If you wish to conduct an interview with a traumatized person, you need to proceed delicately. As a journalist, your responsibility is to avoid triggering or re-traumatizing your interviewee as you ask them to relay the information you want.
The following are brief points to consider before, during and after the meeting:
- Avoid labeling
Not every person that went through hardships is necessarily traumatized. Refrain from labeling people as traumatized.
- Avoid threatening environments
Let them select a safe, comfortable place that does not trigger memories and allow them the option of being accompanied by a supportive person during the interview.
- Avoid over-convergence
Balance between showing genuine validation and excess of sympathy or pity. The latter hurts people’s pride.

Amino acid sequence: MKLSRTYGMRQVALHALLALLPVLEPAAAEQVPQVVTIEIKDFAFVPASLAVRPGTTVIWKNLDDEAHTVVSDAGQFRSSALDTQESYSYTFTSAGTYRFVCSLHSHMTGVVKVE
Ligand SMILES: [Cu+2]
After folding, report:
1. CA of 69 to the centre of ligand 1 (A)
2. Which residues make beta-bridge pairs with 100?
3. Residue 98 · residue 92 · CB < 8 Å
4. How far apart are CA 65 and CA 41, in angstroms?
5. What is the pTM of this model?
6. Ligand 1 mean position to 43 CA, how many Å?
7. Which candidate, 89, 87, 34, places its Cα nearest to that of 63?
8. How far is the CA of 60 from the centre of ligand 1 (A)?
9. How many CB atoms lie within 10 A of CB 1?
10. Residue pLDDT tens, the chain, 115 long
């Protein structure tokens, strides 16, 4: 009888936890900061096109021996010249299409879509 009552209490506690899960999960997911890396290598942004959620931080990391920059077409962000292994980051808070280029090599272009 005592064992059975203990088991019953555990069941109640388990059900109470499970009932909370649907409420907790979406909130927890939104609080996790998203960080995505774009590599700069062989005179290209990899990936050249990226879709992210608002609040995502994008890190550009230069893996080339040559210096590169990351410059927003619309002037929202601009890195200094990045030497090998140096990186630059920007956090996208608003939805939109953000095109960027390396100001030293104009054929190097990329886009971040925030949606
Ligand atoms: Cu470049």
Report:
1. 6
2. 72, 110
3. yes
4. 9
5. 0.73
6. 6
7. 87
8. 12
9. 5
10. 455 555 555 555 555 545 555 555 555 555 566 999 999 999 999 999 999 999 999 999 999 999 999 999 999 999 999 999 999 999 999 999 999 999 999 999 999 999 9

- Avoid pushing for details about the trauma
Let the interviewed person lead the conversation. Give them the full authority to reveal or refrain from disclosing hurtful information.
- Avoid dramatizing
There is no need to try and elicit tears or emotional content.
- Avoid letting the interview partner feel abused
Try to build connection and trust by setting clear expectations about the outcomes of the report (in terms of objectives, content, dates of publication, identification of names etc.). Keeping in contact with your interviewees, checking on them and getting their feedback on the report, is always recommended.
Khaled Nasser is a family communication consultant who specializes in trauma management, parenting and couples’ therapy. He also provides trauma therapy and training sessions to refugee communities and journalists exposed to toxic stress and conflicts in the Middle East.